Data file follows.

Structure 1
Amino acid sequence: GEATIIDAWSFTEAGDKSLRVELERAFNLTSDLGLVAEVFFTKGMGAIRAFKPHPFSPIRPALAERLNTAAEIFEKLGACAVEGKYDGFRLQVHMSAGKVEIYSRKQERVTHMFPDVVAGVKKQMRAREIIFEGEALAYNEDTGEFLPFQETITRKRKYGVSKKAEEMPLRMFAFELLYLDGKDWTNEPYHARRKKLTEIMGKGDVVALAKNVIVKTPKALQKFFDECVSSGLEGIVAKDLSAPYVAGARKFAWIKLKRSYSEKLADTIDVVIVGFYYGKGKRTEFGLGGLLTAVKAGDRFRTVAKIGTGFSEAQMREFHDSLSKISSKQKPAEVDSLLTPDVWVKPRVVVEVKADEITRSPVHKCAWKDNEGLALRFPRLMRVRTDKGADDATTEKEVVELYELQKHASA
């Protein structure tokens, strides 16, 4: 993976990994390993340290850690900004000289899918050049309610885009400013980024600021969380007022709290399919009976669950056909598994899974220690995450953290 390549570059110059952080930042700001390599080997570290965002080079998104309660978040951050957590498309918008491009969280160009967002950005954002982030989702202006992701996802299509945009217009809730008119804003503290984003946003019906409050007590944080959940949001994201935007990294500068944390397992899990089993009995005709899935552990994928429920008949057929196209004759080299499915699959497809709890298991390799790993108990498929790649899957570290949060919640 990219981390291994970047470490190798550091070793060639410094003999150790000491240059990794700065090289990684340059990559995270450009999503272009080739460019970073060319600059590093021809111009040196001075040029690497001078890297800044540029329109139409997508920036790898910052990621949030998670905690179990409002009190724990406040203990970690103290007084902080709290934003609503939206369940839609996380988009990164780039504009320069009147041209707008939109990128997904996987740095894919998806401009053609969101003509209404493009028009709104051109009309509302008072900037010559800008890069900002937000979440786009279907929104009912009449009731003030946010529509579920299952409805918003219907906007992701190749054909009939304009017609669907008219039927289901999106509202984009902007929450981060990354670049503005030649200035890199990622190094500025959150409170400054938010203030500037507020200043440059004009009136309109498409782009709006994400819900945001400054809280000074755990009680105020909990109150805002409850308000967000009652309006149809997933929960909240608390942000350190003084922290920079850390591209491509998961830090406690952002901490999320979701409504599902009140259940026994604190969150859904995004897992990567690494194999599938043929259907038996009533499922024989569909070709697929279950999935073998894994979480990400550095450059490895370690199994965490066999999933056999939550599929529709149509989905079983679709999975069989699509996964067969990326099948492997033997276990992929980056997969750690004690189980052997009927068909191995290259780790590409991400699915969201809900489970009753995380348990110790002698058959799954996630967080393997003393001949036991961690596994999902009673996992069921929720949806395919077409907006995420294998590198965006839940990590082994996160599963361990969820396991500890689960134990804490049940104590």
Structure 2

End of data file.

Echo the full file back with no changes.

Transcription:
Structure 1
Amino acid sequence: GEATIIDAWSFTEAGDKSLRVELERAFNLTSDLGLVAEVFFTKGMGAIRAFKPHPFSPIRPALAERLNTAAEIFEKLGACAVEGKYDGFRLQVHMSAGKVEIYSRKQERVTHMFPDVVAGVKKQMRAREIIFEGEALAYNEDTGEFLPFQETITRKRKYGVSKKAEEMPLRMFAFELLYLDGKDWTNEPYHARRKKLTEIMGKGDVVALAKNVIVKTPKALQKFFDECVSSGLEGIVAKDLSAPYVAGARKFAWIKLKRSYSEKLADTIDVVIVGFYYGKGKRTEFGLGGLLTAVKAGDRFRTVAKIGTGFSEAQMREFHDSLSKISSKQKPAEVDSLLTPDVWVKPRVVVEVKADEITRSPVHKCAWKDNEGLALRFPRLMRVRTDKGADDATTEKEVVELYELQKHASA
């Protein structure tokens, strides 16, 4: 993976990994390993340290850690900004000289899918050049309610885009400013980024600021969380007022709290399919009976669950056909598994899974220690995450953290 390549570059110059952080930042700001390599080997570290965002080079998104309660978040951050957590498309918008491009969280160009967002950005954002982030989702202006992701996802299509945009217009809730008119804003503290984003946003019906409050007590944080959940949001994201935007990294500068944390397992899990089993009995005709899935552990994928429920008949057929196209004759080299499915699959497809709890298991390799790993108990498929790649899957570290949060919640 990219981390291994970047470490190798550091070793060639410094003999150790000491240059990794700065090289990684340059990559995270450009999503272009080739460019970073060319600059590093021809111009040196001075040029690497001078890297800044540029329109139409997508920036790898910052990621949030998670905690179990409002009190724990406040203990970690103290007084902080709290934003609503939206369940839609996380988009990164780039504009320069009147041209707008939109990128997904996987740095894919998806401009053609969101003509209404493009028009709104051109009309509302008072900037010559800008890069900002937000979440786009279907929104009912009449009731003030946010529509579920299952409805918003219907906007992701190749054909009939304009017609669907008219039927289901999106509202984009902007929450981060990354670049503005030649200035890199990622190094500025959150409170400054938010203030500037507020200043440059004009009136309109498409782009709006994400819900945001400054809280000074755990009680105020909990109150805002409850308000967000009652309006149809997933929960909240608390942000350190003084922290920079850390591209491509998961830090406690952002901490999320979701409504599902009140259940026994604190969150859904995004897992990567690494194999599938043929259907038996009533499922024989569909070709697929279950999935073998894994979480990400550095450059490895370690199994965490066999999933056999939550599929529709149509989905079983679709999975069989699509996964067969990326099948492997033997276990992929980056997969750690004690189980052997009927068909191995290259780790590409991400699915969201809900489970009753995380348990110790002698058959799954996630967080393997003393001949036991961690596994999902009673996992069921929720949806395919077409907006995420294998590198965006839940990590082994996160599963361990969820396991500890689960134990804490049940104590």
Structure 2